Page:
Wednesday, April 16, 2008


I was having coffee with some old friends on Sunday when talk turned to our travels - recently as well as when we were much younger. I'm not sure if this a mother daughter thing but we discovered that our mothers had all kept our letters and returned them to us many years later. This started me thinking about how communication has changed in my lifetime and it's much more than just easy access to almost anywhere on the planet.

During my travelling days and later when my parents were living at One Arm Point, an isolated Aboriginal settlement the north west of the state, before they retired and went off around Australia, my mother and I wrote religiously to each other once a week. Those letters still exist and provide a record of our lives at the time. Things are very different now.

When Virgo went on her travels a few years ago we sent emails to one another with occasional phone calls when something untoward happened such as the 2005 London bombings (one took place a few meters away from where she was staying) or when she fell down a cliff and broke her wrist in Canada. There are no long leisurely letters compiled over a week about all the little things that constitute daily life and add up to a file of memories. We kept in touch and we cared but the nature of emails means they are different in structure - shorter, less detailed. With each generation we commit less personal communication to paper and I suspect this will be seen as a great loss in the future.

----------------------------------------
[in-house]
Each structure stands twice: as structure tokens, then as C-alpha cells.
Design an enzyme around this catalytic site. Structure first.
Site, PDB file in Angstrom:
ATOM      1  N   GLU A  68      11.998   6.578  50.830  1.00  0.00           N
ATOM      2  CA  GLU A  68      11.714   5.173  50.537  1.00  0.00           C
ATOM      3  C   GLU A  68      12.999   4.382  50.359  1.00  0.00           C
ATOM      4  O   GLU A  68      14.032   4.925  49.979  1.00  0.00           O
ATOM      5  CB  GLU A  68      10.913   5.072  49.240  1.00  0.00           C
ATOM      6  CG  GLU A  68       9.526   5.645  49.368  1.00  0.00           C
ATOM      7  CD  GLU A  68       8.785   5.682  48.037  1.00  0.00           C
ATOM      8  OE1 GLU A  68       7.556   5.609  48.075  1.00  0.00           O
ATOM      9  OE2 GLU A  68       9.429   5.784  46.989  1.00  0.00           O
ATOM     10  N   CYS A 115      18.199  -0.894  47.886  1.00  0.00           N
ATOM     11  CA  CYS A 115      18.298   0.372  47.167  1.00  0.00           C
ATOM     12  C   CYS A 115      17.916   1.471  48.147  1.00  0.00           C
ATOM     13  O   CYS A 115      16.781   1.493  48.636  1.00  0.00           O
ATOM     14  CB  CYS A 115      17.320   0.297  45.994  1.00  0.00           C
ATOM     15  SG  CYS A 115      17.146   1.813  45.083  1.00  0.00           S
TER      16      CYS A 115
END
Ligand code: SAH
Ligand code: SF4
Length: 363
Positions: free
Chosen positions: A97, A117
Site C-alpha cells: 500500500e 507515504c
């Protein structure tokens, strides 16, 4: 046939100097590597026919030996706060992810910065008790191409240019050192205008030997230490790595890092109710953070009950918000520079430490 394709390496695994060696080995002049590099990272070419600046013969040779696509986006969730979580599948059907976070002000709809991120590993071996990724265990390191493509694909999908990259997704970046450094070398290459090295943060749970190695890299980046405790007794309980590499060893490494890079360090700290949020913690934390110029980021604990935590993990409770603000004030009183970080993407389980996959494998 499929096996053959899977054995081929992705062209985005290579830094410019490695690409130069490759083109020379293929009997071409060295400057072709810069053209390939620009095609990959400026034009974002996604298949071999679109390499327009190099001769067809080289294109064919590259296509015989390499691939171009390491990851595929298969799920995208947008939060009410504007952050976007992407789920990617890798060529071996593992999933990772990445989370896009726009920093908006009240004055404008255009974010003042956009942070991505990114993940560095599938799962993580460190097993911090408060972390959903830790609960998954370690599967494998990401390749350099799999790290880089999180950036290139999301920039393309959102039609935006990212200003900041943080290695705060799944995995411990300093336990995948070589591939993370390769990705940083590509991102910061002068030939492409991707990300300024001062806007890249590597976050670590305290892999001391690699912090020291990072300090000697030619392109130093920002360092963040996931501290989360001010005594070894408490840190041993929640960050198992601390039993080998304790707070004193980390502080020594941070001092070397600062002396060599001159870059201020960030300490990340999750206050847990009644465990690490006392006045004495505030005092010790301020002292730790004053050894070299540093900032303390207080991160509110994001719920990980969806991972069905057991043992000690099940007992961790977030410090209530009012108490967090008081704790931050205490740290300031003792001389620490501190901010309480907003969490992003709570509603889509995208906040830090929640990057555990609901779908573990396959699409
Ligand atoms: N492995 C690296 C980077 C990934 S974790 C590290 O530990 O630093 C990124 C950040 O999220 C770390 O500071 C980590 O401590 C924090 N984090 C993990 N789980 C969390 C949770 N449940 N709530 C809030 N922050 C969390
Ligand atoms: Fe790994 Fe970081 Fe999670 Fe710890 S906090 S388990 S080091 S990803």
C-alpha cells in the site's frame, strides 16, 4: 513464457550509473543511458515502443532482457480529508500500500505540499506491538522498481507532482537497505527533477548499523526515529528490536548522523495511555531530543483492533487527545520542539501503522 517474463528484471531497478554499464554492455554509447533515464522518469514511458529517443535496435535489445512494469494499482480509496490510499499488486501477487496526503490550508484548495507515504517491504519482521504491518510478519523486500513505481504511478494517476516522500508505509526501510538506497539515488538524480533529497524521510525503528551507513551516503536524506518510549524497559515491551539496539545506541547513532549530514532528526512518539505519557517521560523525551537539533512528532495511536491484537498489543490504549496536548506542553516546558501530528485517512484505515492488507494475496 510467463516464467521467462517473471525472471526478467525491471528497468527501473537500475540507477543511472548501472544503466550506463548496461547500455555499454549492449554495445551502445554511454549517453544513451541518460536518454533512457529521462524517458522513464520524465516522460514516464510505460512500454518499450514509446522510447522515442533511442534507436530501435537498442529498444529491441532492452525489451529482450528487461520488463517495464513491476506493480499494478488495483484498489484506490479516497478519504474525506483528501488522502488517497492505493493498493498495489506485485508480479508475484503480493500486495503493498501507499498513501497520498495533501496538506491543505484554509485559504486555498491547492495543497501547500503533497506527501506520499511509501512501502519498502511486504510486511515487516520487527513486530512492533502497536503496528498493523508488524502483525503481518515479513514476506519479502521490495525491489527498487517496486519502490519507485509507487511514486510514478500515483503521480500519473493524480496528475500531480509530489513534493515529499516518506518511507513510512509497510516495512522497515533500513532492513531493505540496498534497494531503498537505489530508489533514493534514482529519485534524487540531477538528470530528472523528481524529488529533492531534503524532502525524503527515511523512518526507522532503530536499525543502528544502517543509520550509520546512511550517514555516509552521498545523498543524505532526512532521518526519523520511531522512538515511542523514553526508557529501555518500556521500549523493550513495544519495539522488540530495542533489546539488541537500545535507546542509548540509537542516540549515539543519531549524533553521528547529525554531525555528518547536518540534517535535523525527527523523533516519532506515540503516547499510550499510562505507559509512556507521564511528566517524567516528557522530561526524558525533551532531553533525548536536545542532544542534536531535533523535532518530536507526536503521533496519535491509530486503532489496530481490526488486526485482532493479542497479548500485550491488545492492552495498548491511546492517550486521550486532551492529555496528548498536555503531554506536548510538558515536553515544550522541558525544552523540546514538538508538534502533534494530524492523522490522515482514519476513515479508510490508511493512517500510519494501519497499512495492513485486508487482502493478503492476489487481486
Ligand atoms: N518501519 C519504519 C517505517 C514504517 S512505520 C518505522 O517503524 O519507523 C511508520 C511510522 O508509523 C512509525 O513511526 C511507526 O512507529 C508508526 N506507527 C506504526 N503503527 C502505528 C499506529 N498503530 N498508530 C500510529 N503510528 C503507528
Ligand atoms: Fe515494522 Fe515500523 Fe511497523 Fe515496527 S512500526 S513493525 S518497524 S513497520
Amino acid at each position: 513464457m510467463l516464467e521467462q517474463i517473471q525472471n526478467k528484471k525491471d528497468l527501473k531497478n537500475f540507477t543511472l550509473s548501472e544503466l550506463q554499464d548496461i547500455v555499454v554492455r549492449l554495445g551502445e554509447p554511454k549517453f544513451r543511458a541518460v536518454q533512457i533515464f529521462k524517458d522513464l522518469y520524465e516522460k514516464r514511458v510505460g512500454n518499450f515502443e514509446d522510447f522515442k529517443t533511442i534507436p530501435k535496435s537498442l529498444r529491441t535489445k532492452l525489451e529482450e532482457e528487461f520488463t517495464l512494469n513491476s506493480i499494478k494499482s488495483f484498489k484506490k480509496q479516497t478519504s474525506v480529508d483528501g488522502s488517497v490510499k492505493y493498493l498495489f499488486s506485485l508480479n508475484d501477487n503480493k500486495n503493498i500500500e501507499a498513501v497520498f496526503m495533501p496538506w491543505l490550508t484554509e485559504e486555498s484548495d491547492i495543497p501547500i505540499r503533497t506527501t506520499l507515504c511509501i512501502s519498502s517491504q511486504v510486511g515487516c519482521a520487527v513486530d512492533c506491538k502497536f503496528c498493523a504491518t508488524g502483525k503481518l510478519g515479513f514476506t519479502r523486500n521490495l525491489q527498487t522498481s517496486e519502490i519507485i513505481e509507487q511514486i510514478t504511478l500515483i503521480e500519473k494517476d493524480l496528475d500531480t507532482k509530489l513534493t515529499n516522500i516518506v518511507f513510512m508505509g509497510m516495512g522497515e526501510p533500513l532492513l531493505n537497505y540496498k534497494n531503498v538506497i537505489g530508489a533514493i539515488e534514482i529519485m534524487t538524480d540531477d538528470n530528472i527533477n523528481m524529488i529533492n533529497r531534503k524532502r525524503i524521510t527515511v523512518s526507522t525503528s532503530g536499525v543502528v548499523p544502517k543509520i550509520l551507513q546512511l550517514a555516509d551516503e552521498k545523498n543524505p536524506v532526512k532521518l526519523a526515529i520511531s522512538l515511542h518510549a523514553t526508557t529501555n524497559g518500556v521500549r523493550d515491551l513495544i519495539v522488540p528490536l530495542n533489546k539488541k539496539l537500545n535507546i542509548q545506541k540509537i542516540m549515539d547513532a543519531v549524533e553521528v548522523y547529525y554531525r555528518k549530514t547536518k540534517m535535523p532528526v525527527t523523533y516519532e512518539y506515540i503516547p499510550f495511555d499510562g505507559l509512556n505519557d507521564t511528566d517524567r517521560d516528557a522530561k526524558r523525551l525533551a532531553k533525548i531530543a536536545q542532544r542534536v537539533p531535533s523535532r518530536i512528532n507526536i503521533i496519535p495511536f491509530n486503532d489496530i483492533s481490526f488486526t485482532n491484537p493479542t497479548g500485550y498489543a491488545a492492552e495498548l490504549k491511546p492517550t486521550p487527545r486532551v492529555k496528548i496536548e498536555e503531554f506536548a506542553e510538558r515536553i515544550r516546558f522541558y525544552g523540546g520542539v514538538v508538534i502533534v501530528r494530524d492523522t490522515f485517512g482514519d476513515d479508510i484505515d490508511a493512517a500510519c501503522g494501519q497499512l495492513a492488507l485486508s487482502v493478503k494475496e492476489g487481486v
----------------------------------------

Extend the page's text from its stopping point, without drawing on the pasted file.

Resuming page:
One of my friends is writing a book around those returned letters. Her children are scattered over the globe now and Virgo intends to travel again soon. It makes me wonder how the travels of our children will be recorded and if their lives will be a mystery to their descendants in a way that our generation's need not be. No doubt much of what we leave behind will be discarded but for an historian who wants to make the effort there are rich pickings.


Laura E. Goodin said...

I wouldn't worry about the historians. The number of blogs there are out there that go into agonizing detail about what the blogger's cat vomited up that morning is so astoundingly large that we are in no danger whatsoever of losing the minutiae of daily life. If anything, there are more of other people's minutiae than any rational person ever needs.

Imagine me said...

True but blogs and emails lack that human touch of handwriting that tells so much about a person. As my mother grew older arthritis had a very marked effect on her writing. She had no need to mention it because I could see it but emails and blogs show none of this.